I’m very happy to take questions, and I've joked that Trish will do all the hard ones, so any hard ones you've got they’re over to Trish. Or Paul you could do a few hard ones for me.
BURNS: I hope so.
JOURNALIST: Bill Kelty overnight was talking about Labor losing public trust and needing to start telling the truth. Is he right?
PM: We’ve got a lot of hard work to do, and we’ll be out there doing it, painting our Labor vision for the nation’s future. And it’s a vision of a prosperous, strong economy that seizes all of the opportunities that will flow through in our region of the world, in this century, when we will see spectacular growth, in China, in India, in Indonesia, right throughout our region.
And to be best positioned to seize all of that prosperity, we've got to be embracing the future – a clean energy future, a National Broadband Network future, a future where we’re spreading the benefits of the mining boom, and of course as a Labor Government we’re going to be using some of that prosperity to share benefits with people around the country including building new important ways of sharing benefits, like a National Disability Insurance Scheme, to do a better job for people with disabilities around the nation.
JOURNALIST: So those sorts of comments are helpful to Labor for you?
PM: Oh look, I’m always happy to hear people in the public debate and public space. I’m a great admirer of Bill Kelty, and what he achieved working alongside the Hawke and Keating Labor Governments, and we continue to work still as a Labor Government alongside working people and their trade unions, so that people are feeling the benefits of today’s resources boom.
JOURNALIST: Prime Minister, just on Bill Kelty’s comments, he’s a legend of the Labor movement and he says that (inaudible) should stop blaming the media and the Opposition (inaudible). What have you got to comment on that?
PM: We’ve got a lot of hard work to do and we’re going to be out there doing it, and when I spoke to the ACTU Congress myself, I indicated we’d be engaging in 500 days of fight between now and the next election, taking our visions to the Australian people and continuing to provide the real benefits that Australian families need, including the Schoolkids Bonus and including increased family payments.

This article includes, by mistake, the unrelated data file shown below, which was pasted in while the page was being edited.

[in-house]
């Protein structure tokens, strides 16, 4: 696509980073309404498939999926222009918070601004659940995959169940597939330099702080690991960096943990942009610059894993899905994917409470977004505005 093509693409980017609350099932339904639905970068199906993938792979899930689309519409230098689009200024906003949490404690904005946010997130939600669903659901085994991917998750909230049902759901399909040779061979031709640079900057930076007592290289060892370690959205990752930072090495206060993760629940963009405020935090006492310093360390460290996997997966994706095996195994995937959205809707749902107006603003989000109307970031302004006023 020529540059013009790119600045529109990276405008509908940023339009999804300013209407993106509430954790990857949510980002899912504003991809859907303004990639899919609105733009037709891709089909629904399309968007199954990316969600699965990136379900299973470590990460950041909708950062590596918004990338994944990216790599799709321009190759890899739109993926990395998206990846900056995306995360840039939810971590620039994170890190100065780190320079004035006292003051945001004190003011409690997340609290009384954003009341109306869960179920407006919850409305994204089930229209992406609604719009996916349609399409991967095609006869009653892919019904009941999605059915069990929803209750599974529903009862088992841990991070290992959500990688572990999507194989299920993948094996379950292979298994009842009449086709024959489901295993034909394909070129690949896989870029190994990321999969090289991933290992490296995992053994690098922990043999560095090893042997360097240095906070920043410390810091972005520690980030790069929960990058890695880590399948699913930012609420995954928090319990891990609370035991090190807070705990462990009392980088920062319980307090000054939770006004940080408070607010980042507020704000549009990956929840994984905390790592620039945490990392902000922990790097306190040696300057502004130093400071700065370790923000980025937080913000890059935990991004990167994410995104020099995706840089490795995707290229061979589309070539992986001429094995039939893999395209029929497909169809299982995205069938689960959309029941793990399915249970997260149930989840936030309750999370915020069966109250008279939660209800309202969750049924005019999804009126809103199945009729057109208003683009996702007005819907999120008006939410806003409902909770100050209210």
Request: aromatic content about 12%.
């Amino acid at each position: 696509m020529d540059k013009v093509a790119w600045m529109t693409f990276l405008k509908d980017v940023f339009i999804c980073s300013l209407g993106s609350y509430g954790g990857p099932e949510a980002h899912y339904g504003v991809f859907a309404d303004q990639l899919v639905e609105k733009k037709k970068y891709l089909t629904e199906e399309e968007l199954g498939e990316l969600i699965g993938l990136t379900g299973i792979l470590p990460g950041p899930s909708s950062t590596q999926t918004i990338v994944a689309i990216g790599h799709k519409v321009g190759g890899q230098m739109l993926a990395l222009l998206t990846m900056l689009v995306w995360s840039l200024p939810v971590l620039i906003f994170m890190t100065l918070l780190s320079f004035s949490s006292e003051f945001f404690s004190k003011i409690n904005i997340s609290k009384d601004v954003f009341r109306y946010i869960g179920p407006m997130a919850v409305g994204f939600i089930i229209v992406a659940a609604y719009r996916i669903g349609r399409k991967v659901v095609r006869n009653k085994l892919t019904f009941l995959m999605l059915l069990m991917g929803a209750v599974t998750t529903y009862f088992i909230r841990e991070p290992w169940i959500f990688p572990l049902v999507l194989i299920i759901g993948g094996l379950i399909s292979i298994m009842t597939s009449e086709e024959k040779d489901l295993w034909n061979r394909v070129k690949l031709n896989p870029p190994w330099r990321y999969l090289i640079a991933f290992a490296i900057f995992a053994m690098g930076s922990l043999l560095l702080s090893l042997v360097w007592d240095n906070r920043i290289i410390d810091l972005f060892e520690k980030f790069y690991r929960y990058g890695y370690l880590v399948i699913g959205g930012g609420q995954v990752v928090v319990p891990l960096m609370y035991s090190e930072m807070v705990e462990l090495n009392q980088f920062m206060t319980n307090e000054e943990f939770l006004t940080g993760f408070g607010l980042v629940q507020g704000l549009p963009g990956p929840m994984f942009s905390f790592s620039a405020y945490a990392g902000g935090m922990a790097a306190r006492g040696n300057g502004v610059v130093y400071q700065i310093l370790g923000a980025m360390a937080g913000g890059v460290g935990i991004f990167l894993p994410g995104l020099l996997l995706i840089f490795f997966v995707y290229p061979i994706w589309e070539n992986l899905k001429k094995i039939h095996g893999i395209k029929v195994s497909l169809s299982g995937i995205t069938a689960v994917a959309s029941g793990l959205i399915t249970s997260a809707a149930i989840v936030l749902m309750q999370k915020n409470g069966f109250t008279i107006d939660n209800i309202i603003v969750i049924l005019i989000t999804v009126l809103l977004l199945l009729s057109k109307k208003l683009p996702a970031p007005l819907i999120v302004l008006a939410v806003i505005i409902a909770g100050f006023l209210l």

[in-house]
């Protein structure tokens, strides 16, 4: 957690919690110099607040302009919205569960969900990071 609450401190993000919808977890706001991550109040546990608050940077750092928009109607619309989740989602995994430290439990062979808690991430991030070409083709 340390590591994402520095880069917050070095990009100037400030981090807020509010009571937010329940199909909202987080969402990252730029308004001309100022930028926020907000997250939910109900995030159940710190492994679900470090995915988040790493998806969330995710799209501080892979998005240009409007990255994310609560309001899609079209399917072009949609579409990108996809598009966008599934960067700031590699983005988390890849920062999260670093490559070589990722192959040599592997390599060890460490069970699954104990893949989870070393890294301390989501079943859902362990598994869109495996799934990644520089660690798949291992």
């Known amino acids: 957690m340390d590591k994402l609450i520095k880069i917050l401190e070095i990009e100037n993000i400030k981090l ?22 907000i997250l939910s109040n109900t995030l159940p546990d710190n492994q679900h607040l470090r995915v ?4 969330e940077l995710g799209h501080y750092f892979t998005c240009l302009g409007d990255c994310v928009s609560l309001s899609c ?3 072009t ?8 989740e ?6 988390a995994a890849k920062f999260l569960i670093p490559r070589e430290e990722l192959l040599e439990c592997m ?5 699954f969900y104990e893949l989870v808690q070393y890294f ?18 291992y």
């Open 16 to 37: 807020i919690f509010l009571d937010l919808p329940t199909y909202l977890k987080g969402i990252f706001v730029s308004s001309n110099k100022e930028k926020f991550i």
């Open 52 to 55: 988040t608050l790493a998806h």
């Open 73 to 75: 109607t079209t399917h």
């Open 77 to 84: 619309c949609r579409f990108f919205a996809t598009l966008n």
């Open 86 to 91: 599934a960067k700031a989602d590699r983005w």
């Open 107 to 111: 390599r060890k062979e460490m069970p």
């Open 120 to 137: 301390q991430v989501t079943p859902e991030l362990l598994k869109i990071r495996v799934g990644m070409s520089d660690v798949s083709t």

JOURNALIST: Should the NSW Labor Party be completely transparent about how much money it gave to Craig Thomson to pay his legal bills?
PM: Look this is a matter for the NSW branch of the Labor Party, and as I understand it a spokesperson for the branch has already dealt with it today.
JOURNALIST: There’s a suggestion that Craig Thomson may claim his phone was hacked. Is that a credible defence, do you think?
PM: Look, Mr Thomson’s going to make a statement to the Parliament next week, so I’m not going to try and guess what’s going to be in that statement, people will hear it next week.
JOURNALIST: Prime Minister, Tony Abbott says that you’ve shrunk as the Prime Minister, what do you make of this?
PM: I’m used to Mr Abbott’s negativity and personal abuse, he engages in it because he doesn’t have any plans for the future of our country and I think this week, of all weeks, he’s pretty embarrassed to be talking about himself because he voted against money for families last week and he won’t guarantee even today that if he was elected Prime Minister, these family payment increases would continue, and at the same time his Shadow Treasurer’s talking about putting gup tax on Australian families.
JOURNALIST: The NT Government announced the impact of the carbon price on power and water prices in the Territory today. Now they’re facing an election in August and they won’t comment on what they think about the carbon price, possibly because they know it’s electoral poison. Have you condemned another Labor Government to electoral annihilation?
PM: Well thanks for asking me about that announcement today.